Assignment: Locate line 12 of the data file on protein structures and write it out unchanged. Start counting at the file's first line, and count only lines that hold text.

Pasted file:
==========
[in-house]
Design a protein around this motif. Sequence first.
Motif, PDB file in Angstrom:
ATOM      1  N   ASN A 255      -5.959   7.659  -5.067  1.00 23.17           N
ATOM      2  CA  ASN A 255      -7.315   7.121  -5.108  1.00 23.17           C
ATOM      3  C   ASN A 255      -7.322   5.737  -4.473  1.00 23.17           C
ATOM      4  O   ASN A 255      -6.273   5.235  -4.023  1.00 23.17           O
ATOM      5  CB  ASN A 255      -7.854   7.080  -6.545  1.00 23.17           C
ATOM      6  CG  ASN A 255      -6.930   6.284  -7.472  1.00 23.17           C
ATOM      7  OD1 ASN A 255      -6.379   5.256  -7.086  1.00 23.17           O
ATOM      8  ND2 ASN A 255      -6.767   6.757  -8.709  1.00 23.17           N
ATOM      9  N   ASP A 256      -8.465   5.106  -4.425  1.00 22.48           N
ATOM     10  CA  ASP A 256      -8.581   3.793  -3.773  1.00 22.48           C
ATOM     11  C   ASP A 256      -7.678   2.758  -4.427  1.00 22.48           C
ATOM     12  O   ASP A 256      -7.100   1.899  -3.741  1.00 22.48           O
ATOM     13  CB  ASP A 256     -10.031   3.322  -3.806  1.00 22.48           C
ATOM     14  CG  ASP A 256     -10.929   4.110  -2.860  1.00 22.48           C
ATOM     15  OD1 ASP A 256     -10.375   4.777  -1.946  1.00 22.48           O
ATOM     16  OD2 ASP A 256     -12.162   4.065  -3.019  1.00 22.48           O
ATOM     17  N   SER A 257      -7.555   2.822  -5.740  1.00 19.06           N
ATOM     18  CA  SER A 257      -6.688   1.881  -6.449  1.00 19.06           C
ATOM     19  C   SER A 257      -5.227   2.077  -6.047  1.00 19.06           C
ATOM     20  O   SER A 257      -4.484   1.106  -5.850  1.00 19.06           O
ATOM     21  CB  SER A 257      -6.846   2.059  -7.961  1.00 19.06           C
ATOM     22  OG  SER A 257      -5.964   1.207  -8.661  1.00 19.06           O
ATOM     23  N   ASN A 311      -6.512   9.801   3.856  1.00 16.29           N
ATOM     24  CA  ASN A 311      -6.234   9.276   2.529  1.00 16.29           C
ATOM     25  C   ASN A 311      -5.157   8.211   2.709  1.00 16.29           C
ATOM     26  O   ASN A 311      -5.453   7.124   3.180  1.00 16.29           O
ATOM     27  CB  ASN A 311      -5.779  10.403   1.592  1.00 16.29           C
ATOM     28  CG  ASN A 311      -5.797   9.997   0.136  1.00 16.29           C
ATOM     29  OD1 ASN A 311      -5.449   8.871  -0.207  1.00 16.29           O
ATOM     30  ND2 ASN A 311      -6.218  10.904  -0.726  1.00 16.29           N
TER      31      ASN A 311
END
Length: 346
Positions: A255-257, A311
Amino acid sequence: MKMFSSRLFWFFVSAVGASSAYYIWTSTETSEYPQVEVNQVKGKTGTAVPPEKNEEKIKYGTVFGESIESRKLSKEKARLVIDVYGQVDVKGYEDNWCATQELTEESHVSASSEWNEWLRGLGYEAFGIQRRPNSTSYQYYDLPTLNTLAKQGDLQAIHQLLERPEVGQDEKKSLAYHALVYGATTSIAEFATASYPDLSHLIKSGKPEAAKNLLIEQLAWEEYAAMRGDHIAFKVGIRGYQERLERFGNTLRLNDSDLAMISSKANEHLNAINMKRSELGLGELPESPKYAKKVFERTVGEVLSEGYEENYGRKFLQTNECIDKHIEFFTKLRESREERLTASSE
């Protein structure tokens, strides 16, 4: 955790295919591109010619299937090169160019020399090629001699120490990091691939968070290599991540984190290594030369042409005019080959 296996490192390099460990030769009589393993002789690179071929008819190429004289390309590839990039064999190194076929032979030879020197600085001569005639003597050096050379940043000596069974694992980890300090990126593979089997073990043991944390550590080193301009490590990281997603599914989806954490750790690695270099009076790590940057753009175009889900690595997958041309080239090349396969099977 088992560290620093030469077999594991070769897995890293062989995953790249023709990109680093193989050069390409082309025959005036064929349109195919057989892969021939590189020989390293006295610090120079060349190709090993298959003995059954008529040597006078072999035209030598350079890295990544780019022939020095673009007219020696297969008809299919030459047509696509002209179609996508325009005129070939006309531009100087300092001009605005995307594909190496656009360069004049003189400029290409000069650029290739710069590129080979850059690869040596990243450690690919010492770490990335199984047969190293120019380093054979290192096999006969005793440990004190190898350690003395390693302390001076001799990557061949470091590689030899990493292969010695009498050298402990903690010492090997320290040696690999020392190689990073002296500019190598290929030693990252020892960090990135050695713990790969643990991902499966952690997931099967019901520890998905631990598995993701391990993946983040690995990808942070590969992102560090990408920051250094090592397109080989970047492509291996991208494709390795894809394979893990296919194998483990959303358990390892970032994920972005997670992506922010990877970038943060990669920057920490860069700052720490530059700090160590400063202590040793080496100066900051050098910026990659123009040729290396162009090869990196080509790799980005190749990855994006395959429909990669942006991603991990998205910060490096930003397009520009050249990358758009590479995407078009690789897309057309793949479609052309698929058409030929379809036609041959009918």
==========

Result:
ATOM      9  N   ASP A 256      -8.465   5.106  -4.425  1.00 22.48           N